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Cuts, Trees and ℓ1Embeddings of Graphs
, 2002
"... Motivated by many recent algorithmic applications, this paper aims to promote a systematic study of the relationship between the topology of a graph and the metric distortion incurred when the graph is embedded into ℓ1 space. The main results are: 1. Explicit constantdistortion embeddings of all ..."
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Cited by 29 (8 self)
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Motivated by many recent algorithmic applications, this paper aims to promote a systematic study of the relationship between the topology of a graph and the metric distortion incurred when the graph is embedded into ℓ1 space. The main results are: 1. Explicit constantdistortion embeddings of all seriesparallel graphs, and all graphs with bounded Euler number. These are the first natural families known to have constant distortion (strictly greater than 1). Using the above embeddings, algorithms are obtained which approximate the sparsest cut in such graphs to within a constant factor. 2. A constantdistortion embedding of outerplanar graphs into the restricted class of ℓ1
Multicuts in Unweighted Graphs and Digraphs with Bounded Degree and Bounded TreeWidth
, 1998
"... this paper. Also, we show that Directed Edge Multicut is NPhard in digraphs with treewidth one and maximum in and out degree three. Other hardness results indicate why we cannot eliminate any of the three restrictionsunweighted, bounded degree and bounded treewidthon the input graph and sti ..."
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Cited by 24 (0 self)
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this paper. Also, we show that Directed Edge Multicut is NPhard in digraphs with treewidth one and maximum in and out degree three. Other hardness results indicate why we cannot eliminate any of the three restrictionsunweighted, bounded degree and bounded treewidthon the input graph and still obtain a PTAS. It is known [1] that for a Max SNPhard problem, unless P=NP, no PTAS exists. We have already seen that Unweighted Edge Multicut is Max SNPhard in stars [9], so letting the input graph have unbounded degree makes the problem harder. We show that Weighted Edge Multicut is Max SNPhard in binary trees, therefore letting the input graph be weighted makes the problem harder. Finally, we show that Unweighted Edge Multicut is Max SNPhard if the input graphs are walls. Walls, to be formally defined in Section 6, have degree at most three and unbounded treewidth. We conclude that letting the input graph have unbounded treewidth makes the problem significantly harder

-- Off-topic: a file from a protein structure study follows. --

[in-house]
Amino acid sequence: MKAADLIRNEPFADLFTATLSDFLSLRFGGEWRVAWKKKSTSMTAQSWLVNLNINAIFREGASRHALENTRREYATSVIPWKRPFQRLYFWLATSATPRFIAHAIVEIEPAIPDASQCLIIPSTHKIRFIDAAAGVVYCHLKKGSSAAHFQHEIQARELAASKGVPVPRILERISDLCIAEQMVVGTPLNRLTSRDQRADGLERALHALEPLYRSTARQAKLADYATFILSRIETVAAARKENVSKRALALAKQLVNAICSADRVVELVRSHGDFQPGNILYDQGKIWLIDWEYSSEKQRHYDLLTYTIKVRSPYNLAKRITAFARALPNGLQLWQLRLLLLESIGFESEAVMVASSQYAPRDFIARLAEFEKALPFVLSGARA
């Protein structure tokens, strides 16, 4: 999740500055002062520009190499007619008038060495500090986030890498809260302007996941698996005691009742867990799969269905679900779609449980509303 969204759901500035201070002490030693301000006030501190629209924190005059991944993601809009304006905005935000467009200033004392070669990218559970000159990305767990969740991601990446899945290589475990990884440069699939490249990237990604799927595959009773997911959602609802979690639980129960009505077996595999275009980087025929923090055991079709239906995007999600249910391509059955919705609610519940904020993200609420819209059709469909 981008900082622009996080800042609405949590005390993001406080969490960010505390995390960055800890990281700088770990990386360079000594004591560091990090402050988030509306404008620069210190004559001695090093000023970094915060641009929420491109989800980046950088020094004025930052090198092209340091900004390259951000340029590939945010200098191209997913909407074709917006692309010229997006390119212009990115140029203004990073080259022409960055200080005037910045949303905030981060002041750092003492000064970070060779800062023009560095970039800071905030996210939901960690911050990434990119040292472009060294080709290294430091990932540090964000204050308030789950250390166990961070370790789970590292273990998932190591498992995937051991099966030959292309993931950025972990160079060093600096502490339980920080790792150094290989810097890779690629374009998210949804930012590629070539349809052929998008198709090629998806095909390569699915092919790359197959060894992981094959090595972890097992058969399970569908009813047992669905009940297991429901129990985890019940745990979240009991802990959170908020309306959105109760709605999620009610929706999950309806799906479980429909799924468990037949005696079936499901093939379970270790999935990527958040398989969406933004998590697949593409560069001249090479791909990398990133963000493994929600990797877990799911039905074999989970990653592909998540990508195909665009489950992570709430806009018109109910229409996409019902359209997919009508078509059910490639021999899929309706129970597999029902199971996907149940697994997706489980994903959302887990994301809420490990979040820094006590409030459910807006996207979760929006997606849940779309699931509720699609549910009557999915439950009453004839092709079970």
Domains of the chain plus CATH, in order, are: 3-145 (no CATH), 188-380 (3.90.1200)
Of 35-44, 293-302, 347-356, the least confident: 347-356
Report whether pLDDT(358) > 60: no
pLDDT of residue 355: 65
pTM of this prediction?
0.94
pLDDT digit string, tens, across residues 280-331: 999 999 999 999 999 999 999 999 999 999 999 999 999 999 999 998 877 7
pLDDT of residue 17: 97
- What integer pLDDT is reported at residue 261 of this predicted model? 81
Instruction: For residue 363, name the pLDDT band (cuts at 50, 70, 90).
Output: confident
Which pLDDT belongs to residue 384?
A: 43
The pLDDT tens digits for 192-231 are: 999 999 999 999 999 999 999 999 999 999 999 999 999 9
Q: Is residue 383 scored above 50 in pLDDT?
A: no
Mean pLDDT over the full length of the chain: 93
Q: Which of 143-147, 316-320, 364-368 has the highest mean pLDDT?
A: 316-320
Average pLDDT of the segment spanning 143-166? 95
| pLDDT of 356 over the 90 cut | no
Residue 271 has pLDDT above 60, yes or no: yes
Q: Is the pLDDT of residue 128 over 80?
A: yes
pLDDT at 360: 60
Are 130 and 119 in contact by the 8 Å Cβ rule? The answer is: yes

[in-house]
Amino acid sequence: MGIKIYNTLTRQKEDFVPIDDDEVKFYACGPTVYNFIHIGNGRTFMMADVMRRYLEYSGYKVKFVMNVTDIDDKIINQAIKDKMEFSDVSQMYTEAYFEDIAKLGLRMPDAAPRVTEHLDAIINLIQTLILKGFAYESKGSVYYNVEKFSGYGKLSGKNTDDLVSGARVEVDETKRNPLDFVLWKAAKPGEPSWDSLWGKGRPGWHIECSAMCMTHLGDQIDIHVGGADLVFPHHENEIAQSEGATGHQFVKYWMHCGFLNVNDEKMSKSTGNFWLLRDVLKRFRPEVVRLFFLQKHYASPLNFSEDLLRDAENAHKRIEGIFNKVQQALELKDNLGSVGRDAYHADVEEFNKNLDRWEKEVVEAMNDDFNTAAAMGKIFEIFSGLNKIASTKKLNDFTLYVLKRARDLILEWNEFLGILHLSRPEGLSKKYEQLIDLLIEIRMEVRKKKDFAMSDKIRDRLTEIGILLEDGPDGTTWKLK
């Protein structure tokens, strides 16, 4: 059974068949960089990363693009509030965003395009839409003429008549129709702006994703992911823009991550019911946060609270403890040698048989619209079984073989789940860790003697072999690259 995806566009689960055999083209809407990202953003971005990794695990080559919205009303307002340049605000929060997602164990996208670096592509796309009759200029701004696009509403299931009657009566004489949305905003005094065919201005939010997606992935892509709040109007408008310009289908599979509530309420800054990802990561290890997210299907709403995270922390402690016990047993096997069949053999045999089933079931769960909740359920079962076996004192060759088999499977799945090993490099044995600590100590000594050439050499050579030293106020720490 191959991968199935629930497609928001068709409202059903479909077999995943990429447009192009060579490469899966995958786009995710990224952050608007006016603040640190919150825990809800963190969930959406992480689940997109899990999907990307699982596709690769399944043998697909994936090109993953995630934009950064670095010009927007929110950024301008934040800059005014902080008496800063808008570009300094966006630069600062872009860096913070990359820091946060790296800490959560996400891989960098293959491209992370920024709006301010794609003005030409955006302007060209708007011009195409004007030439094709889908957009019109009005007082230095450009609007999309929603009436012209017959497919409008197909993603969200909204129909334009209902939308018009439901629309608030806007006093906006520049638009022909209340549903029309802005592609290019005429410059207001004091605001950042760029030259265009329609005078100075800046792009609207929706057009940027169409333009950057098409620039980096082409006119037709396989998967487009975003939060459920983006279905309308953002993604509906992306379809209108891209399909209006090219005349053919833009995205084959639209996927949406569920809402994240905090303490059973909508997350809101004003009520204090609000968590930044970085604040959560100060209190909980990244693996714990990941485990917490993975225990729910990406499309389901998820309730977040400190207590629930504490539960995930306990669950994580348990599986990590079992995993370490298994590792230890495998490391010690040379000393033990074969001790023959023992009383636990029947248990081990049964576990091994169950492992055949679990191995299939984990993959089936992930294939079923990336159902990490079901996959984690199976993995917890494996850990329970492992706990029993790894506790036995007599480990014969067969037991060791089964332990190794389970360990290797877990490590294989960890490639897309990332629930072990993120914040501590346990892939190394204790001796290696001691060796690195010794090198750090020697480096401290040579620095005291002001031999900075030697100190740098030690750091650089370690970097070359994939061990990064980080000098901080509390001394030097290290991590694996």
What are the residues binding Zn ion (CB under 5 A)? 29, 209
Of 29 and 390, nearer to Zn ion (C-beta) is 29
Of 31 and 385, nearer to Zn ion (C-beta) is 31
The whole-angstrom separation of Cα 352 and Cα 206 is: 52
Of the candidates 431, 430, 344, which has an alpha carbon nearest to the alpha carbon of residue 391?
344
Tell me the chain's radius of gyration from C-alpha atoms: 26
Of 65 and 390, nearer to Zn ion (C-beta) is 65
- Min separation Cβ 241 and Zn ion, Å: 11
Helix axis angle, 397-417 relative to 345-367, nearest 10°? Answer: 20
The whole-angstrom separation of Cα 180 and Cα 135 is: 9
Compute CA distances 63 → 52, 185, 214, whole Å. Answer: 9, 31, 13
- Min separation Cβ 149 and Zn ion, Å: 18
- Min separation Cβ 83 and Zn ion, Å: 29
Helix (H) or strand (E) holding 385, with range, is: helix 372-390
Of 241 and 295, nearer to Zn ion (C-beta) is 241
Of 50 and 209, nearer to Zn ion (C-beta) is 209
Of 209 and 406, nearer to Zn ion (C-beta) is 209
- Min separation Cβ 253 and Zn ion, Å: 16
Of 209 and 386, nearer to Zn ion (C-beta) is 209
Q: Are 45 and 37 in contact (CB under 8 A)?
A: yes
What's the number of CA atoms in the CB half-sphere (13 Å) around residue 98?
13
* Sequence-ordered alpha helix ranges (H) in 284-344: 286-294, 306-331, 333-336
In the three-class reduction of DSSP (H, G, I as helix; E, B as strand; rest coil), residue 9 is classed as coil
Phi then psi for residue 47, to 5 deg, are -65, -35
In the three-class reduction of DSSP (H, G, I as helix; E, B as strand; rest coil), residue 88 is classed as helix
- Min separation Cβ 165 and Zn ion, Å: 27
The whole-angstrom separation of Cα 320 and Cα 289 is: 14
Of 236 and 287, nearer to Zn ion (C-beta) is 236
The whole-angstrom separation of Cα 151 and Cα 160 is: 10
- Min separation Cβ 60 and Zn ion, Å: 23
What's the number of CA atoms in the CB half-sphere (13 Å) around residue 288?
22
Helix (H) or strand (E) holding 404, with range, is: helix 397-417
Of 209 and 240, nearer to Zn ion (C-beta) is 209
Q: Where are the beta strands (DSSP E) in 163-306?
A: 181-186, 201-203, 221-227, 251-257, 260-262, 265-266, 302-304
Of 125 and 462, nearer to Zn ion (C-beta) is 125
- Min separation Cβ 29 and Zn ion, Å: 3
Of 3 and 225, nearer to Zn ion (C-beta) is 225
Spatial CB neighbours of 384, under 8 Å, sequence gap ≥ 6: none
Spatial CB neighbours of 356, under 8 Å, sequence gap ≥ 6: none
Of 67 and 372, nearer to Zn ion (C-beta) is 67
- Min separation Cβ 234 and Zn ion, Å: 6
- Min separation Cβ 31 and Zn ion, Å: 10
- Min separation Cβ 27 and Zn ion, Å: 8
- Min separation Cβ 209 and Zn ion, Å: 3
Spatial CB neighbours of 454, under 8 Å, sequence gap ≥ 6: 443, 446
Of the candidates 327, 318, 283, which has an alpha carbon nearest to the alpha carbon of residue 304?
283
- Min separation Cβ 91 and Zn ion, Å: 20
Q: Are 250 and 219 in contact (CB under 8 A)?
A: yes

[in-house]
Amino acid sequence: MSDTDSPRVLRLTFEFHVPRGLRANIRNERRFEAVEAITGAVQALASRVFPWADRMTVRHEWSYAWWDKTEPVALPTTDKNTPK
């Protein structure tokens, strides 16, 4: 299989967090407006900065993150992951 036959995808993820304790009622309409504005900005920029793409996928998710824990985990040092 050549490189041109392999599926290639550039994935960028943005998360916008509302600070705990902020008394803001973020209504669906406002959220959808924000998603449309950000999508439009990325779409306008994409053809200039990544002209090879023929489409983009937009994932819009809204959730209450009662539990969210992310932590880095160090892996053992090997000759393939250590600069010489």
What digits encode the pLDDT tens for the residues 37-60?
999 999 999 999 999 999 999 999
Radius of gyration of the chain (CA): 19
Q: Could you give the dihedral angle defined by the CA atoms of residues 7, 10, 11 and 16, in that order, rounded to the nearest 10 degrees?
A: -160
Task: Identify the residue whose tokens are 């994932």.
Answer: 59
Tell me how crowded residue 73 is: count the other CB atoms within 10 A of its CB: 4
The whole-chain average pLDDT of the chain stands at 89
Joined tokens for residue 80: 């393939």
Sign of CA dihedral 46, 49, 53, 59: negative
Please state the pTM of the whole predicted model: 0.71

PrimalDual Approximation Algorithms for Feedback Problems in Planar Graphs
 IPCO '96
, 1996
"... Given a subset of cycles of a graph, we consider the problem of finding a minimumweight set of vertices that meets all cycles in the subset. This problem generalizes a number of problems, including the minimumweight feedback vertex set problem in both directed and undirected graphs, the subset fee ..."
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Cited by 23 (3 self)
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Given a subset of cycles of a graph, we consider the problem of finding a minimumweight set of vertices that meets all cycles in the subset. This problem generalizes a number of problems, including the minimumweight feedback vertex set problem in both directed and undirected graphs, the subset feedback vertex set problem, and the graph bipartization problem, in which one must remove a minimumweight set of vertices so that the remaining graph is bipartite. We give a 9/4approximation algorithm for the general problem in planar graphs, given that the subset of cycles obeys certain properties. This results in 9/4approximation algorithms for the aforementioned feedback and bipartization problems in planar graphs. Our algorithms use the primaldual method for approximation algorithms as given in Goemans and Williamson [16]. We also show that our results have an interesting bearing on a conjecture of Akiyama and Watanabe [2] on the cardinality of feedback vertex sets in planar graphs.